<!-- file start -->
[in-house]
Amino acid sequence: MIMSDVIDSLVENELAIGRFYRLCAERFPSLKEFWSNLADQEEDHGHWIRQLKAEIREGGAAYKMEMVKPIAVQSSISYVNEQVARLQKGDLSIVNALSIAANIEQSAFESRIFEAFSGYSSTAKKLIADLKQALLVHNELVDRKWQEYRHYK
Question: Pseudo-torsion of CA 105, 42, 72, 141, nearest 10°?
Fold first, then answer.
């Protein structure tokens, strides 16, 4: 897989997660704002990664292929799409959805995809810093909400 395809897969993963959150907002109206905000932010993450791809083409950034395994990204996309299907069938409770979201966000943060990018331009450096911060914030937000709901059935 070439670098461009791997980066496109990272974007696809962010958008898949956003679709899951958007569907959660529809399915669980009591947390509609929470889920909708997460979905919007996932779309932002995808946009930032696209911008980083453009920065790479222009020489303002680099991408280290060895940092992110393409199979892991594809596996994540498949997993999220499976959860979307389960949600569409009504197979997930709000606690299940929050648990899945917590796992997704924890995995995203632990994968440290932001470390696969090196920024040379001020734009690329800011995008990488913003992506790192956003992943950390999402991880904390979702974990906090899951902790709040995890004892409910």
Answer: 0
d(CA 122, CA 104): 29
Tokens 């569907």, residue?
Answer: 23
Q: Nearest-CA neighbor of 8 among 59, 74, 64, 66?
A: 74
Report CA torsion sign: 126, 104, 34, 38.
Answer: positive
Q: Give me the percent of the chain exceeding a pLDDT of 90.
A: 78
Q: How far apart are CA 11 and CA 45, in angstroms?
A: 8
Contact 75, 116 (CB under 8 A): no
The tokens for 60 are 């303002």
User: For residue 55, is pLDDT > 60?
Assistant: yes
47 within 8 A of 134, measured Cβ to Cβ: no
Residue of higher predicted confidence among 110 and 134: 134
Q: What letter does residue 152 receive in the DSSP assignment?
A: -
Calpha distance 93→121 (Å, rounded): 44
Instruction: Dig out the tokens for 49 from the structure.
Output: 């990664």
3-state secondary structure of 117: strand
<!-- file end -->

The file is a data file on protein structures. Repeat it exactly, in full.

[in-house]
Amino acid sequence: MIMSDVIDSLVENELAIGRFYRLCAERFPSLKEFWSNLADQEEDHGHWIRQLKAEIREGGAAYKMEMVKPIAVQSSISYVNEQVARLQKGDLSIVNALSIAANIEQSAFESRIFEAFSGYSSTAKKLIADLKQALLVHNELVDRKWQEYRHYK
Question: Pseudo-torsion of CA 105, 42, 72, 141, nearest 10°?
Fold first, then answer.
């Protein structure tokens, strides 16, 4: 897989997660704002990664292929799409959805995809810093909400 395809897969993963959150907002109206905000932010993450791809083409950034395994990204996309299907069938409770979201966000943060990018331009450096911060914030937000709901059935 070439670098461009791997980066496109990272974007696809962010958008898949956003679709899951958007569907959660529809399915669980009591947390509609929470889920909708997460979905919007996932779309932002995808946009930032696209911008980083453009920065790479222009020489303002680099991408280290060895940092992110393409199979892991594809596996994540498949997993999220499976959860979307389960949600569409009504197979997930709000606690299940929050648990899945917590796992997704924890995995995203632990994968440290932001470390696969090196920024040379001020734009690329800011995008990488913003992506790192956003992943950390999402991880904390979702974990906090899951902790709040995890004892409910």
Answer: 0
d(CA 122, CA 104): 29
Tokens 């569907």, residue?
Answer: 23
Q: Nearest-CA neighbor of 8 among 59, 74, 64, 66?
A: 74
Report CA torsion sign: 126, 104, 34, 38.
Answer: positive
Q: Give me the percent of the chain exceeding a pLDDT of 90.
A: 78
Q: How far apart are CA 11 and CA 45, in angstroms?
A: 8
Contact 75, 116 (CB under 8 A): no
The tokens for 60 are 């303002």
User: For residue 55, is pLDDT > 60?
Assistant: yes
47 within 8 A of 134, measured Cβ to Cβ: no
Residue of higher predicted confidence among 110 and 134: 134
Q: What letter does residue 152 receive in the DSSP assignment?
A: -
Calpha distance 93→121 (Å, rounded): 44
Instruction: Dig out the tokens for 49 from the structure.
Output: 């990664």
3-state secondary structure of 117: strand